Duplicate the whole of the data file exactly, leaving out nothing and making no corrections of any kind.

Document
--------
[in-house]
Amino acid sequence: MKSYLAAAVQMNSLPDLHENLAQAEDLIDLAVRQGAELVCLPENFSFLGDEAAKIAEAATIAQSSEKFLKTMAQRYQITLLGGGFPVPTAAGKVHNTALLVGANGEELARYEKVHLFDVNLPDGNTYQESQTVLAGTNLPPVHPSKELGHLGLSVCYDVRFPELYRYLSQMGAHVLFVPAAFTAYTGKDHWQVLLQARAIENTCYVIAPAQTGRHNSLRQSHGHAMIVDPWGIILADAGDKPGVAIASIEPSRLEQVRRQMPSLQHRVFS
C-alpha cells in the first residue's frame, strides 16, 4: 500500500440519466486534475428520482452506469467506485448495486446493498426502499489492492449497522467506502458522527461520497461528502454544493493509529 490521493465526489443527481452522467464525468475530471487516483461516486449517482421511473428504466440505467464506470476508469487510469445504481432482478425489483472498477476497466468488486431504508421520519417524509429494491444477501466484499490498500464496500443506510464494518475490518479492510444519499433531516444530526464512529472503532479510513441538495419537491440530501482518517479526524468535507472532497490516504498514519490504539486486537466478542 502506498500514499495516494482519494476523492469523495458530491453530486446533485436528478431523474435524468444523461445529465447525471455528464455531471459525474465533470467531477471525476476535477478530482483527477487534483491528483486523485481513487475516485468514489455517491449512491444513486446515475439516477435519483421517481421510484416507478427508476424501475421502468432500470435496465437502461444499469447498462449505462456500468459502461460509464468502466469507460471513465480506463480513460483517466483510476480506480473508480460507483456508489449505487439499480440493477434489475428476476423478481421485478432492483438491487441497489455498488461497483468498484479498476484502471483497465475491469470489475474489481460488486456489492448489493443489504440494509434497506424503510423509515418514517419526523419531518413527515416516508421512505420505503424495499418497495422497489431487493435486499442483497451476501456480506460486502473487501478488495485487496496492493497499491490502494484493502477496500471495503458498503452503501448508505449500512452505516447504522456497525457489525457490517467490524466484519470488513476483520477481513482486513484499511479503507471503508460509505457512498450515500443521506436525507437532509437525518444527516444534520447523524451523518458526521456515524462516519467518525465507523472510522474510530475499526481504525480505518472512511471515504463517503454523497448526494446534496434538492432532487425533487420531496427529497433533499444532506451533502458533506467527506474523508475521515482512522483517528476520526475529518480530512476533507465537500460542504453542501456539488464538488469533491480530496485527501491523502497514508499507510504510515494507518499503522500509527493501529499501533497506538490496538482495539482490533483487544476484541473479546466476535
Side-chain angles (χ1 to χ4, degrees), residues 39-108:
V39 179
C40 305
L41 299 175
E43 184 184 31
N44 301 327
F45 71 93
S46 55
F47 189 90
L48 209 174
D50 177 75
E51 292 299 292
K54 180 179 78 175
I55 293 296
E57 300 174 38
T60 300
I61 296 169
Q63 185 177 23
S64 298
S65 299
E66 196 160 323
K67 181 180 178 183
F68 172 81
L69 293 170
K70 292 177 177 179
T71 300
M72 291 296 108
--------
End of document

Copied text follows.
[in-house]
Amino acid sequence: MKSYLAAAVQMNSLPDLHENLAQAEDLIDLAVRQGAELVCLPENFSFLGDEAAKIAEAATIAQSSEKFLKTMAQRYQITLLGGGFPVPTAAGKVHNTALLVGANGEELARYEKVHLFDVNLPDGNTYQESQTVLAGTNLPPVHPSKELGHLGLSVCYDVRFPELYRYLSQMGAHVLFVPAAFTAYTGKDHWQVLLQARAIENTCYVIAPAQTGRHNSLRQSHGHAMIVDPWGIILADAGDKPGVAIASIEPSRLEQVRRQMPSLQHRVFS
C-alpha cells in the first residue's frame, strides 16, 4: 500500500440519466486534475428520482452506469467506485448495486446493498426502499489492492449497522467506502458522527461520497461528502454544493493509529 490521493465526489443527481452522467464525468475530471487516483461516486449517482421511473428504466440505467464506470476508469487510469445504481432482478425489483472498477476497466468488486431504508421520519417524509429494491444477501466484499490498500464496500443506510464494518475490518479492510444519499433531516444530526464512529472503532479510513441538495419537491440530501482518517479526524468535507472532497490516504498514519490504539486486537466478542 502506498500514499495516494482519494476523492469523495458530491453530486446533485436528478431523474435524468444523461445529465447525471455528464455531471459525474465533470467531477471525476476535477478530482483527477487534483491528483486523485481513487475516485468514489455517491449512491444513486446515475439516477435519483421517481421510484416507478427508476424501475421502468432500470435496465437502461444499469447498462449505462456500468459502461460509464468502466469507460471513465480506463480513460483517466483510476480506480473508480460507483456508489449505487439499480440493477434489475428476476423478481421485478432492483438491487441497489455498488461497483468498484479498476484502471483497465475491469470489475474489481460488486456489492448489493443489504440494509434497506424503510423509515418514517419526523419531518413527515416516508421512505420505503424495499418497495422497489431487493435486499442483497451476501456480506460486502473487501478488495485487496496492493497499491490502494484493502477496500471495503458498503452503501448508505449500512452505516447504522456497525457489525457490517467490524466484519470488513476483520477481513482486513484499511479503507471503508460509505457512498450515500443521506436525507437532509437525518444527516444534520447523524451523518458526521456515524462516519467518525465507523472510522474510530475499526481504525480505518472512511471515504463517503454523497448526494446534496434538492432532487425533487420531496427529497433533499444532506451533502458533506467527506474523508475521515482512522483517528476520526475529518480530512476533507465537500460542504453542501456539488464538488469533491480530496485527501491523502497514508499507510504510515494507518499503522500509527493501529499501533497506538490496538482495539482490533483487544476484541473479546466476535
Side-chain angles (χ1 to χ4, degrees), residues 39-108:
V39 179
C40 305
L41 299 175
E43 184 184 31
N44 301 327
F45 71 93
S46 55
F47 189 90
L48 209 174
D50 177 75
E51 292 299 292
K54 180 179 78 175
I55 293 296
E57 300 174 38
T60 300
I61 296 169
Q63 185 177 23
S64 298
S65 299
E66 196 160 323
K67 181 180 178 183
F68 172 81
L69 293 170
K70 292 177 177 179
T71 300
M72 291 296 108